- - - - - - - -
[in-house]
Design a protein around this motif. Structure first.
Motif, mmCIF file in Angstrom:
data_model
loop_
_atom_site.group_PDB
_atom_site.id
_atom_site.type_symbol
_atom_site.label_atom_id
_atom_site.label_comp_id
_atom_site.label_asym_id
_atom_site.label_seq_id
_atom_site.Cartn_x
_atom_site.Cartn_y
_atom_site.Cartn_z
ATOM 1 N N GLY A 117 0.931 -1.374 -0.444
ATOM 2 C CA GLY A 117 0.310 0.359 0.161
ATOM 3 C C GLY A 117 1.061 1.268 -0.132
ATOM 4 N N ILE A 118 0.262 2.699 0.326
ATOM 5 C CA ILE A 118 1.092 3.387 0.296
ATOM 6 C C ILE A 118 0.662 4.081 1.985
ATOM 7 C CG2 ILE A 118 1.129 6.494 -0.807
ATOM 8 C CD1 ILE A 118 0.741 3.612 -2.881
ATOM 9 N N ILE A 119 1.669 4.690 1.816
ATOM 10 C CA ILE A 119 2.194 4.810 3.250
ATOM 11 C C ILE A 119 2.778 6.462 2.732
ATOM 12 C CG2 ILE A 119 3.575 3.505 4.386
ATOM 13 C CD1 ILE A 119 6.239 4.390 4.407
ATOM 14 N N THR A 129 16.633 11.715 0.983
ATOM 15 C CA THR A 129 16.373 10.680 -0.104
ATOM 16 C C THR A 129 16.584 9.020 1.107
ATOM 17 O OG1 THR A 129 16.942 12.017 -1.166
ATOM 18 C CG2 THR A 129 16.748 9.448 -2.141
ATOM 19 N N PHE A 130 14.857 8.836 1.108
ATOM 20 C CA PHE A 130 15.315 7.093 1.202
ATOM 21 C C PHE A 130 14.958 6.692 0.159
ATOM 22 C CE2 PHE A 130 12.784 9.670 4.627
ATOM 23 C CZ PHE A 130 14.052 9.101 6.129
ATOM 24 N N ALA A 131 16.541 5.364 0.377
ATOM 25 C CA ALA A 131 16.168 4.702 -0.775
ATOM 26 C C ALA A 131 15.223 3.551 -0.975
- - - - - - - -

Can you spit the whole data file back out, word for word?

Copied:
[in-house]
Design a protein around this motif. Structure first.
Motif, mmCIF file in Angstrom:
data_model
loop_
_atom_site.group_PDB
_atom_site.id
_atom_site.type_symbol
_atom_site.label_atom_id
_atom_site.label_comp_id
_atom_site.label_asym_id
_atom_site.label_seq_id
_atom_site.Cartn_x
_atom_site.Cartn_y
_atom_site.Cartn_z
ATOM 1 N N GLY A 117 0.931 -1.374 -0.444
ATOM 2 C CA GLY A 117 0.310 0.359 0.161
ATOM 3 C C GLY A 117 1.061 1.268 -0.132
ATOM 4 N N ILE A 118 0.262 2.699 0.326
ATOM 5 C CA ILE A 118 1.092 3.387 0.296
ATOM 6 C C ILE A 118 0.662 4.081 1.985
ATOM 7 C CG2 ILE A 118 1.129 6.494 -0.807
ATOM 8 C CD1 ILE A 118 0.741 3.612 -2.881
ATOM 9 N N ILE A 119 1.669 4.690 1.816
ATOM 10 C CA ILE A 119 2.194 4.810 3.250
ATOM 11 C C ILE A 119 2.778 6.462 2.732
ATOM 12 C CG2 ILE A 119 3.575 3.505 4.386
ATOM 13 C CD1 ILE A 119 6.239 4.390 4.407
ATOM 14 N N THR A 129 16.633 11.715 0.983
ATOM 15 C CA THR A 129 16.373 10.680 -0.104
ATOM 16 C C THR A 129 16.584 9.020 1.107
ATOM 17 O OG1 THR A 129 16.942 12.017 -1.166
ATOM 18 C CG2 THR A 129 16.748 9.448 -2.141
ATOM 19 N N PHE A 130 14.857 8.836 1.108
ATOM 20 C CA PHE A 130 15.315 7.093 1.202
ATOM 21 C C PHE A 130 14.958 6.692 0.159
ATOM 22 C CE2 PHE A 130 12.784 9.670 4.627
ATOM 23 C CZ PHE A 130 14.052 9.101 6.129
ATOM 24 N N ALA A 131 16.541 5.364 0.377
ATOM 25 C CA ALA A 131 16.168 4.702 -0.775
ATOM 26 C C ALA A 131 15.223 3.551 -0.975